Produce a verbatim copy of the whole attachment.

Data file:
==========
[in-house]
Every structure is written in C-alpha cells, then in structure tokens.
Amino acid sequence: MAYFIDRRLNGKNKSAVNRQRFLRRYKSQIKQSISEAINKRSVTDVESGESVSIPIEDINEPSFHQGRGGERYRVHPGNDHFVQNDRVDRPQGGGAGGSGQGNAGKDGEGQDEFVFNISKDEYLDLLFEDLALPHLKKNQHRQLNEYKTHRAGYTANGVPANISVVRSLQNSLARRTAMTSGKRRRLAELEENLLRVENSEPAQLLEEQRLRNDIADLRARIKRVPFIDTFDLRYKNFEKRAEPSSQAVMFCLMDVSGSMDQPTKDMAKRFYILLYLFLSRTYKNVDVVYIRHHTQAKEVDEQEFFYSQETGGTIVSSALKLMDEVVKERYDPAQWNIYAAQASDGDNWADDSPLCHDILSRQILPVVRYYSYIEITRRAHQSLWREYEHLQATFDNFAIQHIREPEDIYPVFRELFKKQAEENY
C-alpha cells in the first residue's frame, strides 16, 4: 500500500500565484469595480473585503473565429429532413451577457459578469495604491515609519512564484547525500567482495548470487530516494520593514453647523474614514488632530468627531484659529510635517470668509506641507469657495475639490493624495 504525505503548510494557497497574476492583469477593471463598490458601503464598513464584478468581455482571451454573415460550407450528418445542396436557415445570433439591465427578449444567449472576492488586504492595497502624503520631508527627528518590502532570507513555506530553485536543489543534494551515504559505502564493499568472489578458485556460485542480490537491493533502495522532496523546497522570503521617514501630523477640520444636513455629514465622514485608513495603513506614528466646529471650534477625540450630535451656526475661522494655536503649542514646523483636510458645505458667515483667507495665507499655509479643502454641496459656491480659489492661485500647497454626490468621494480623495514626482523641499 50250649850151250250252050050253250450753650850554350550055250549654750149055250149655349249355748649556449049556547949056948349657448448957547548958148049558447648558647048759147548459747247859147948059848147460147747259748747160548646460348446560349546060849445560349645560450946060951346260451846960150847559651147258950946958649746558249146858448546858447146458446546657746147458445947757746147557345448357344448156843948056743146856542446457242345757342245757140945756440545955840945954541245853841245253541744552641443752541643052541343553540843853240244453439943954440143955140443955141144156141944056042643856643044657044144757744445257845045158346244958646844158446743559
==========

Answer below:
[in-house]
Every structure is written in C-alpha cells, then in structure tokens.
Amino acid sequence: MAYFIDRRLNGKNKSAVNRQRFLRRYKSQIKQSISEAINKRSVTDVESGESVSIPIEDINEPSFHQGRGGERYRVHPGNDHFVQNDRVDRPQGGGAGGSGQGNAGKDGEGQDEFVFNISKDEYLDLLFEDLALPHLKKNQHRQLNEYKTHRAGYTANGVPANISVVRSLQNSLARRTAMTSGKRRRLAELEENLLRVENSEPAQLLEEQRLRNDIADLRARIKRVPFIDTFDLRYKNFEKRAEPSSQAVMFCLMDVSGSMDQPTKDMAKRFYILLYLFLSRTYKNVDVVYIRHHTQAKEVDEQEFFYSQETGGTIVSSALKLMDEVVKERYDPAQWNIYAAQASDGDNWADDSPLCHDILSRQILPVVRYYSYIEITRRAHQSLWREYEHLQATFDNFAIQHIREPEDIYPVFRELFKKQAEENY
C-alpha cells in the first residue's frame, strides 16, 4: 500500500500565484469595480473585503473565429429532413451577457459578469495604491515609519512564484547525500567482495548470487530516494520593514453647523474614514488632530468627531484659529510635517470668509506641507469657495475639490493624495 504525505503548510494557497497574476492583469477593471463598490458601503464598513464584478468581455482571451454573415460550407450528418445542396436557415445570433439591465427578449444567449472576492488586504492595497502624503520631508527627528518590502532570507513555506530553485536543489543534494551515504559505502564493499568472489578458485556460485542480490537491493533502495522532496523546497522570503521617514501630523477640520444636513455629514465622514485608513495603513506614528466646529471650534477625540450630535451656526475661522494655536503649542514646523483636510458645505458667515483667507495665507499655509479643502454641496459656491480659489492661485500647497454626490468621494480623495514626482523641499 50250649850151250250252050050253250450753650850554350550055250549654750149055250149655349249355748649556449049556547949056948349657448448957547548958148049558447648558647048759147548459747247859147948059848147460147747259748747160548646460348446560349546060849445560349645560450946060951346260451846960150847559651147258950946958649746558249146858448546858447146458446546657746147458445947757746147557345448357344448156843948056743146856542446457242345757342245757140945756440545955840945954541245853841245253541744552641443752541643052541343553540843853240244453439943954440143955140443955141144156141944056042643856643044657044144757744445257845045158346244958646844158446743559